Advantages of Bricks
Strong and Durable
An incredibly hard wearing building material, clay brick is able to take the knocks of every day life as well as the weather extremes sometimes experienced. They won’t fade, twist or warp, rot or decay, erode or dent and termites can’t eat them. For hundreds of years, no material shows so few signs of ageing.
All Boral bricks have a strong load bearing capacity to Australian Standards.
Spend the weekend with your family and friends, not trying to fix a peeling wall!
Brick houses have negligible routine maintenance, maybe a clean every so often, but they do not require any finish to maintain performance like render does. In most constructions they do not need re-sealing, re-painting or the like.
This is an important factor to consider when looking at the “whole-of-life” cost of a building and wall cladding. The costs incurred don’t just stop once your home is complete so don’t forget to take a long term view when choosing materials.
Brick buildings, particularly double brick, have excellent thermal mass.
The University of Newcastle research1 established that thermal mass, the ability of a material to retain heat energy when subjected to a temperature differential, plays a key role in stabilising temperature swings, keeping the internal temperature in the comfort zone longer. This means it is cooler in summer and warmer in winter. It also showed the performance of walls with internal thermal mass was markedly improved by the inclusion of cavity insulation.
In conjunction with good design principles, appropriate use of thermal mass throughout your home can make a difference not only to comfort but to your artificial heating and cooling usage as well. This is significant considering that more than 30 percent of the average home’s energy use is made up of heating and cooling.2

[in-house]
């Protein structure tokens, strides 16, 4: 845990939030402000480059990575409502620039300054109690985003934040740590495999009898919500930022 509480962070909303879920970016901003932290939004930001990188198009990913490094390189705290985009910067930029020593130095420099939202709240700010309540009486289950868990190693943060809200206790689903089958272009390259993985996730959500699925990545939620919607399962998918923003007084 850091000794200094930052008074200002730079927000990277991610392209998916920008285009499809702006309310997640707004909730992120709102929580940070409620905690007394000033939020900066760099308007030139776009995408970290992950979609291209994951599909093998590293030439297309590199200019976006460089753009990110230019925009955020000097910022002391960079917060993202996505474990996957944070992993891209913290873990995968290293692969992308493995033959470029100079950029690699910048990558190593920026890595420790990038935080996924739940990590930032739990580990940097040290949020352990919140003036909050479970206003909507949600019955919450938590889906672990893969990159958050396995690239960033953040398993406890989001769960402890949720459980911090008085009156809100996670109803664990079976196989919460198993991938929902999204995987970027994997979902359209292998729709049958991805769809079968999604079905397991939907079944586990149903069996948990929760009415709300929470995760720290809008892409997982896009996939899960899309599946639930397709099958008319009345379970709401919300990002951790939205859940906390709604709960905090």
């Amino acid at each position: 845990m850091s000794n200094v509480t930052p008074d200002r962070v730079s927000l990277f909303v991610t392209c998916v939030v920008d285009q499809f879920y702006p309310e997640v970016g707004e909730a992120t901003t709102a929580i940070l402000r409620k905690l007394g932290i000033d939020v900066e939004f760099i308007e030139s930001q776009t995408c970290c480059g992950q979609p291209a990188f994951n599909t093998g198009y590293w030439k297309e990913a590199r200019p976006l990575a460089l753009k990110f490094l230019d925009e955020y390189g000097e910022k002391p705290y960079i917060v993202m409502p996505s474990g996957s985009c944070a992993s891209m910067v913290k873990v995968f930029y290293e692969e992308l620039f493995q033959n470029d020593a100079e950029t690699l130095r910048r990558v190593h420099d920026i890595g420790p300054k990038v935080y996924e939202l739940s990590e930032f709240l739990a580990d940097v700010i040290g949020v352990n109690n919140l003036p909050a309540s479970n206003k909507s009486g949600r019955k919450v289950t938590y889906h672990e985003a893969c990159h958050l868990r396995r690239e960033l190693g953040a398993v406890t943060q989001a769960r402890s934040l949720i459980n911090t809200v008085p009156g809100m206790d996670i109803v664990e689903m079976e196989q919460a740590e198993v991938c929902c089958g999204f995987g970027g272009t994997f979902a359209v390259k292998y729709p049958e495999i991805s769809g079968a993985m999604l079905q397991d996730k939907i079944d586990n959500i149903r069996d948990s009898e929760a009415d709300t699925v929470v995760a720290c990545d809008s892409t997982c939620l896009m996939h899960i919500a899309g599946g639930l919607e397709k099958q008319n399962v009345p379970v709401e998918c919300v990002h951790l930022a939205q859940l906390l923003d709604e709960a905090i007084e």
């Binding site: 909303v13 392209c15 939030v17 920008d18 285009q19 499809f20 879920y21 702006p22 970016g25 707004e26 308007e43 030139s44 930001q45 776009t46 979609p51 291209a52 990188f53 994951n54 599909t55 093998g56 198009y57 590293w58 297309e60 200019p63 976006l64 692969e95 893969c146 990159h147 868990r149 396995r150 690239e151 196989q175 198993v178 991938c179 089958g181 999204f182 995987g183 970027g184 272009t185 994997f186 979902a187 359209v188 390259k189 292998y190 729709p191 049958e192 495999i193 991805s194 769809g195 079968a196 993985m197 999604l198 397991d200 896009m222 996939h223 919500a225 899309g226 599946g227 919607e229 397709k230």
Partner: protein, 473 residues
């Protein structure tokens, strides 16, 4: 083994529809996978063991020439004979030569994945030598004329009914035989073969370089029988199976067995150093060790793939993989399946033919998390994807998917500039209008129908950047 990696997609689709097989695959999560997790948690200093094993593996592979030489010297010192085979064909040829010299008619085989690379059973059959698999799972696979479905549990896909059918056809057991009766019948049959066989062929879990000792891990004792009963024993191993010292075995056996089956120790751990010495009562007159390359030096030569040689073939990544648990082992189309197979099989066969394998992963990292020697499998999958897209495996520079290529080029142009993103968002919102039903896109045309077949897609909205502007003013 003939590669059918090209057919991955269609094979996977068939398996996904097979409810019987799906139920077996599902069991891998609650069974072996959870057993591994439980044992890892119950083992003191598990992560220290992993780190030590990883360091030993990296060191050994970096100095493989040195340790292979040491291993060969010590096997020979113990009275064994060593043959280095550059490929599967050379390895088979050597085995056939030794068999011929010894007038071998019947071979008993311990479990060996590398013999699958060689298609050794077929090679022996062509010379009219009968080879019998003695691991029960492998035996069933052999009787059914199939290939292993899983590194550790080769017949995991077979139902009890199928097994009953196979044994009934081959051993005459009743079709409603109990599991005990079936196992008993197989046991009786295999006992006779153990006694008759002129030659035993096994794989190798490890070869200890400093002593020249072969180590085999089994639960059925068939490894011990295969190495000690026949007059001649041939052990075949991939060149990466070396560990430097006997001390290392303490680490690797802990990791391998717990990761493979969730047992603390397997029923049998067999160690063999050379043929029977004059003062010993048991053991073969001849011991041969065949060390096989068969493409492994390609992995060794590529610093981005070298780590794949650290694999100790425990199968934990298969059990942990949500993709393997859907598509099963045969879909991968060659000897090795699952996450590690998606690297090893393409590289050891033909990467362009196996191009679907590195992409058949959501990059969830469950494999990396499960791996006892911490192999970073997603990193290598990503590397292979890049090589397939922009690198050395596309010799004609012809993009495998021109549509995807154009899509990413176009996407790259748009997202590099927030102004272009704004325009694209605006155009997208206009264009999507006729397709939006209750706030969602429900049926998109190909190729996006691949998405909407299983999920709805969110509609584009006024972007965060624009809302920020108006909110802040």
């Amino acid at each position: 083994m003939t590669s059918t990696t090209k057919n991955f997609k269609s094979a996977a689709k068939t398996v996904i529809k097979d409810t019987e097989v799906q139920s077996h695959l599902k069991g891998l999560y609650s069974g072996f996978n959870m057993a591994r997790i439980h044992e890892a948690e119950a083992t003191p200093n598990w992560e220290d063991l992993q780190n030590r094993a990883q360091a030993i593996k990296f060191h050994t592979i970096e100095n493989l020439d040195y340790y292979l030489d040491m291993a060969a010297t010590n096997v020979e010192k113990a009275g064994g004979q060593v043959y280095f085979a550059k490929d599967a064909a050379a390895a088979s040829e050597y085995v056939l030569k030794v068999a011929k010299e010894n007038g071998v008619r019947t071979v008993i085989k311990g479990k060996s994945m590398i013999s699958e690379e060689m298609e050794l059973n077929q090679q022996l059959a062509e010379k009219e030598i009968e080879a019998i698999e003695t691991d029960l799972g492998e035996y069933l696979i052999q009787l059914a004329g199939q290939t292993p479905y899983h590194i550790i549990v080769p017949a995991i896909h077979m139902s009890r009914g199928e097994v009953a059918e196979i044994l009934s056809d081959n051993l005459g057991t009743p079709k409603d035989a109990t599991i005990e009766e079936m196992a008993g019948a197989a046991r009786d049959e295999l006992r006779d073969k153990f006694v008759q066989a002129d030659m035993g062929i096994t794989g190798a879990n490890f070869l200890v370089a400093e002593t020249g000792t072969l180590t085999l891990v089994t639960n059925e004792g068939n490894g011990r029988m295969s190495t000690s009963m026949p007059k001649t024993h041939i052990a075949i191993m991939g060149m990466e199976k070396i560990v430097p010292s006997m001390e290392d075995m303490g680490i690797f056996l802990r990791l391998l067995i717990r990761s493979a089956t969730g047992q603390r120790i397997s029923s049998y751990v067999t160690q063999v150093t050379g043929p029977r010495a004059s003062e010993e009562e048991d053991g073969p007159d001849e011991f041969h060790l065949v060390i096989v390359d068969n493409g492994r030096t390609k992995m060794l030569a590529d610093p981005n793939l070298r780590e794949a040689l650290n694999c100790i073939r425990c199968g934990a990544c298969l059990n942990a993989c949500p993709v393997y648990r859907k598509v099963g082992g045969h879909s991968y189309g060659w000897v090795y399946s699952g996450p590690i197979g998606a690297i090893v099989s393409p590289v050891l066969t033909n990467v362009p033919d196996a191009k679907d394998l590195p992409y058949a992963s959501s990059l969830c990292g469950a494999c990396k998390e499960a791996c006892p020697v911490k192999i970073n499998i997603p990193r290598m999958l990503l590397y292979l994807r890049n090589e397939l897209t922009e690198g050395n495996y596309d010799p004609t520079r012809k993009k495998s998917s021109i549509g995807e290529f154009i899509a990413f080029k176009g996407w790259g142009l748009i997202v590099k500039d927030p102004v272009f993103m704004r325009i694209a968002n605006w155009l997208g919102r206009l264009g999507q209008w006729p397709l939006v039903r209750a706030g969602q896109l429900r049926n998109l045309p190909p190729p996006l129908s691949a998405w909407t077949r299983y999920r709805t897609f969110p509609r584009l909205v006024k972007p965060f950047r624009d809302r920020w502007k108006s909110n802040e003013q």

University of Newcastle researchers tested four building types (insulated brick veneer, reverse brick veneer, insulated lightweight and insulated cavity brick) for their heating and cooling demands and the results showed that the insulated cavity brick example performed the best.3
For more information on thermal mass and the proven benefits of brick, read 'Brick and Energy Efficency'
1"A Study of the Thermal Performance of Australian Housing” Think Brick Australia & Faculty of Engineering and the Built Environment at the University of Newcastle.
2The Australian Bureau of Statistics Environment Issues: Energy Use & Conservation, Australia 2008
3Think Brick Australia: Energy Efficiency and the Environment, The Case for Clay Bricks, Edition 4, 2011
The density of brick makes for a quieter building compared to lighter weight materials, reducing external sound such as aircraft and road noise. When building in cavity brick, adding insulation helps further by absorbing resonating sound.
Internal partition walls made of brick can reduce noise transfer further when used between rooms of the house. When assessing acoustic performance, it’s important to look at the properties of the finished wall, not just the raw materials, and making sure they are sealed correctly and gaps filled in properly.
There are many components to consider when designing and constructing for bushfire prone areas that can improve the survival chances of a home exposed to bushfire.
The CSIRO survey of houses in the 1983 Ash Wednesday fires in Victoria1 showed that masonry walls significantly reduce the chances of a house being destroyed by bushfire.
Boral bricks meet the requirements of all six categories of the Bushfire Hazard building standard, AS 3959 – 2009, including the highest category BAL-FZ, as all bricks are greater than 90mm thick.
1House Bushfires Set Houses Alight: Lessons from Ash Wednesday, Ecos, 43, Autumn 1985.
Clay brick has a classic, timeless quality, while still being contemporary, innovative and versatile. Today’s generation of bricks mean the variety is now vast, and so are the uses.
Their compact size, colours, textures and shapes provide infinite design options. Made from natural clay and shale, no two clay bricks are identical, giving each building its own distinct personality.
Be creative and experiment with brick orientations and decorative effects such as stacking, vertical stretcher courses, banding, corbelling and racking. Such design features are further emphasised by changes in brick colour and size.